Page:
That’s why some creators decided to test precisely how the system works. They did this by uploading hundreds of versions of the same song: versions that had been modulated up or down a semi-tone, versions that had been transposed down an octave, versions played background, versions played quietly, versions played only for short clips.


Doing all of this, allowed them to test the limits of the system and then to provide the wider community with useful rules on how to avoid being penalized. They discovered that if less than 10 seconds of content matched, then the person who uploaded the video would likely be fine. And this allowed for a whole host of fair-use practices.


SEO is just the same. Google is constantly changing its algorithms, moving the goal posts, and going back on what it has said. One minute it’s a good idea to get as many links as possible, the next moment that’s the worst thing you can do!


Right now, Google is making a big push toward a more AI-driven service. 


It wants the user to speak to Google using natural language, and to receive carefully curated responses drawn from the web. That is far more complex than simply looking for exact keyword matches, and it makes our job as SEOs that much harder!


That’s why using AB tests to identify precisely what works and what doesn’t is such an important move.


Then there’s the fact that this is so multivariate. For example, it might be that Google would prefer you to use a number of headers in your content with keywords in a perfect world. 


But what happens if you then add those headers in, only to find that this actually drives away your visitors? 

That alone is useful information you could garner from a split test. But it’s also possible that in driving away visitors, you send negative signals to Google and end up hurting your ranking.


Even though what you’re doing is considered GOOD from an SEO standpoint, it is working contrary to ANOTHER system within the ranking algorithm. When you take all of that into account, it becomes less obvious what you should do and this makes it all the more useful to just test it and see what actually works.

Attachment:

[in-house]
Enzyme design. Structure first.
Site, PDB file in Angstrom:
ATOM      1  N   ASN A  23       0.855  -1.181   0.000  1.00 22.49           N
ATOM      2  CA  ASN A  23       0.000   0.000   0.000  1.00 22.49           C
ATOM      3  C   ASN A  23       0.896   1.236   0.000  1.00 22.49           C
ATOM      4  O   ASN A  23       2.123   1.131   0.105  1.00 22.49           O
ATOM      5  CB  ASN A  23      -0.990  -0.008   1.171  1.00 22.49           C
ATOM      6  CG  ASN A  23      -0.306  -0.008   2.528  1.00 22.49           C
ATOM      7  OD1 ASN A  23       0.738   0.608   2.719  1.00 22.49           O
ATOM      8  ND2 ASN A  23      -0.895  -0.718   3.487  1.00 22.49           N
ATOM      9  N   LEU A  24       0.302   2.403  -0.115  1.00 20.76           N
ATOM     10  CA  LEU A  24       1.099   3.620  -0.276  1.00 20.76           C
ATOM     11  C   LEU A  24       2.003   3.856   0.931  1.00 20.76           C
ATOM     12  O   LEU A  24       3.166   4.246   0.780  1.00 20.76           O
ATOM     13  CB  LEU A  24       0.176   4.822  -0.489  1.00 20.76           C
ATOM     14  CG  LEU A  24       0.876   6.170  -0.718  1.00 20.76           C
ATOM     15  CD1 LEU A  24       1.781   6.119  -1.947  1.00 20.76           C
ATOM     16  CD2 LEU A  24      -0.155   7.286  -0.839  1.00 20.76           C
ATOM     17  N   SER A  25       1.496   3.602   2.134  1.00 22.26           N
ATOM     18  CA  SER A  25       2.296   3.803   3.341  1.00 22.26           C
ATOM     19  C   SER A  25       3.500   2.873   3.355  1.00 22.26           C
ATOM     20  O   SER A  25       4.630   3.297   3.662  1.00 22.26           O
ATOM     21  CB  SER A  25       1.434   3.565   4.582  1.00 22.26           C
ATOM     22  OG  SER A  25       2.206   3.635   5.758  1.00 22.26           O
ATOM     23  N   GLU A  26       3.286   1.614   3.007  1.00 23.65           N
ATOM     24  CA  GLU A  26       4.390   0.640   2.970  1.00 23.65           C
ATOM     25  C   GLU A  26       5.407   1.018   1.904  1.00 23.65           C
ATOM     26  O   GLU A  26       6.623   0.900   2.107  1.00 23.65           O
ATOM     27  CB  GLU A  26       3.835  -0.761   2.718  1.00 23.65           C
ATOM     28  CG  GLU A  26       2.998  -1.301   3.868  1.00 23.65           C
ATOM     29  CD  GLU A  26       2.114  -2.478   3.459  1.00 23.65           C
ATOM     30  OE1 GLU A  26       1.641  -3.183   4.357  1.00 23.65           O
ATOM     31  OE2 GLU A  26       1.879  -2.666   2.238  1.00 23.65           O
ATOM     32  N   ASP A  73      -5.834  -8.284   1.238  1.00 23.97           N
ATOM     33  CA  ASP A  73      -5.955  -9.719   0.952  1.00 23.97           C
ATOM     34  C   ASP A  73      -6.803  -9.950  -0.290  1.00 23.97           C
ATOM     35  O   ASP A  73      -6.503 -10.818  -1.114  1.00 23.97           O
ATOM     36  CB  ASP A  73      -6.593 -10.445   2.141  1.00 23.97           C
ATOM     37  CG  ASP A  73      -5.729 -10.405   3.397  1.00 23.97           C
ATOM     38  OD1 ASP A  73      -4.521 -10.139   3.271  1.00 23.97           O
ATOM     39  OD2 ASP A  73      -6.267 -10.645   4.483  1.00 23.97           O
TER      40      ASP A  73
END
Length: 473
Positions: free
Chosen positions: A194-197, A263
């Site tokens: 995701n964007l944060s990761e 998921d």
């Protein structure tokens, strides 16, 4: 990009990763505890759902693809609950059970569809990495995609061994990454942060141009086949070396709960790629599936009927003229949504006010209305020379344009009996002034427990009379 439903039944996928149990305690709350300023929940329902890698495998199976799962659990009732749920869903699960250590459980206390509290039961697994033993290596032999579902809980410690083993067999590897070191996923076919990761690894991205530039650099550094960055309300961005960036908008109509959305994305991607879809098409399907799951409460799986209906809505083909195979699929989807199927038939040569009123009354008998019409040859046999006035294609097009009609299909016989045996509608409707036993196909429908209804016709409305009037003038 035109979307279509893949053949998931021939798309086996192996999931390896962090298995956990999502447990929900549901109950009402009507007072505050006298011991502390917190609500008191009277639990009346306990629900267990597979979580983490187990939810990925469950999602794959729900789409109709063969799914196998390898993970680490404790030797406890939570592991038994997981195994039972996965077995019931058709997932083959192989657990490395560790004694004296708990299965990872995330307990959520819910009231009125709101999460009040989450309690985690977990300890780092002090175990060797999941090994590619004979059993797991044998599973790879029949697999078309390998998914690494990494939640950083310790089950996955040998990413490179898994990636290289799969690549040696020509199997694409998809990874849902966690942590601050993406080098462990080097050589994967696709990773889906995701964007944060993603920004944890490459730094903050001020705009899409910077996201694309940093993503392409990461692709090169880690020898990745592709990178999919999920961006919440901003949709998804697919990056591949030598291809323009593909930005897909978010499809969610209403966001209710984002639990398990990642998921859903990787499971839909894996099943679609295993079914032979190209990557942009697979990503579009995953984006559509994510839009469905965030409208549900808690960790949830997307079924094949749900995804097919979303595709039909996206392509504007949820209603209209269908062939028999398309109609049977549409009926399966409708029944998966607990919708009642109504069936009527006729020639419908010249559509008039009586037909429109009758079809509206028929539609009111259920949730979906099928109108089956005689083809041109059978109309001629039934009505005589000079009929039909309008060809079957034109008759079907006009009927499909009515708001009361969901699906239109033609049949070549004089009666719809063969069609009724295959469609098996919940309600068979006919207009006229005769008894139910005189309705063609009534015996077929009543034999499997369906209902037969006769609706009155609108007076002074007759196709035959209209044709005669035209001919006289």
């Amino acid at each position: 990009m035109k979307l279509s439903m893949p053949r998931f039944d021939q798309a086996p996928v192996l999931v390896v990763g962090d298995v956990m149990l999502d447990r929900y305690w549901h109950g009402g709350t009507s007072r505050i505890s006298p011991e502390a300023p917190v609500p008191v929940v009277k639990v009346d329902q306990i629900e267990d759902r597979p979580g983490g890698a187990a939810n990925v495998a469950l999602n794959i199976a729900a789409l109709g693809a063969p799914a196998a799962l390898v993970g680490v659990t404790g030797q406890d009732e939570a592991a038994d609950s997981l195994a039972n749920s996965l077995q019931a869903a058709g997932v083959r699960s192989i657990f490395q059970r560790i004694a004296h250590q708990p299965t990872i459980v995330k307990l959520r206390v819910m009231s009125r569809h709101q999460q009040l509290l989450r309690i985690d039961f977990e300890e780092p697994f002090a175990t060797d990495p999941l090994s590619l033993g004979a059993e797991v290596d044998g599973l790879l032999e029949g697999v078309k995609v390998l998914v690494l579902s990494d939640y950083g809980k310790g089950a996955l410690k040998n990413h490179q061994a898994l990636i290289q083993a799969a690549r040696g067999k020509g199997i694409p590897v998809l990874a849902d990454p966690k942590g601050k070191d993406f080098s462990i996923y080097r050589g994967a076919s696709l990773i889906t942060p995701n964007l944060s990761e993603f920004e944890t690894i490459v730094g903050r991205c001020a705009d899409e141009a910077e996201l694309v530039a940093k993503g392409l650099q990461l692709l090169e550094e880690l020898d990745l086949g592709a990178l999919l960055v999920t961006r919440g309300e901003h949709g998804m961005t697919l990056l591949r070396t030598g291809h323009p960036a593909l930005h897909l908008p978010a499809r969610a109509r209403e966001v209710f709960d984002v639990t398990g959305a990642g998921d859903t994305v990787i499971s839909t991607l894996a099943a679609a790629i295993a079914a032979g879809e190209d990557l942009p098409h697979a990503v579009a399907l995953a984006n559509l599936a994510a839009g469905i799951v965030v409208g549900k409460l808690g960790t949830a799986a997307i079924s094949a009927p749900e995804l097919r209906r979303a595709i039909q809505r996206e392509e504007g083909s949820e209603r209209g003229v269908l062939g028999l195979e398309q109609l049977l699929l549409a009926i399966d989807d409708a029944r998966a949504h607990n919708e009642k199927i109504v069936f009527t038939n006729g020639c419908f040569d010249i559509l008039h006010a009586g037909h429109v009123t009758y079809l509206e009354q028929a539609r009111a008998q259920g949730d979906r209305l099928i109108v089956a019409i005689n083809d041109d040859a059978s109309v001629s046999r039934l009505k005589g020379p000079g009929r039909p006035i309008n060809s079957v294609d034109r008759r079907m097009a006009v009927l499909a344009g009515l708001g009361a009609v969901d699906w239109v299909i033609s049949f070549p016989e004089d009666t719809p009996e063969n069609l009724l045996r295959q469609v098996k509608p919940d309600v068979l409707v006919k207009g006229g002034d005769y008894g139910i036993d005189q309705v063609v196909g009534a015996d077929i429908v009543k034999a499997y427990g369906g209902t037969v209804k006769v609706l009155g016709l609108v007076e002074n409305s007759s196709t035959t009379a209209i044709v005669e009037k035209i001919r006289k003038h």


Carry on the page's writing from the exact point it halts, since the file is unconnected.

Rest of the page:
This is useful if you are a business looking to climb the ranks of Google without shooting yourself in the foot. It’s useful if you are starting out and want to adopt the very best strategy from the very start. And what’s more, this is extremely important if your are an SEO specialist or agency selling your services to a client.


At a time when nothing is certain in the world of SEO, explaining to a customer why you think they should adopt a certain strategy or employ a particular technique is difficult. 


But if you can show clearly that the strategy works in a controlled and SAFE environment, then you can increase your chances significantly of securing their business.


Why Split Testing is the Perfect Business Strategy

In many ways, split testing is the ‘perfect’ business strategy. If that sounds hyperbolic, then hear me out for a moment.


How can any business strategy truly be ‘perfect’ you ask?


The answer is that when employed correctly, split testing will literally ‘evolve’ your site to the point where it thrives, avoiding all the bad mistakes that you might have otherwise made along the way.


So let’s say that you start out with a fairly average site that is performing very averagely in the SERPs. 


Using split testing, you might decide to start using more H1 tags with keywords in, or you might choose to start using images a little more. This causes a bump in your position.


You then decide to test some design changes to your site. Doing so convinces you that you should be using a slightly less busy and more modern layout. You therefore switch to a new theme for your WordPress site that looks great.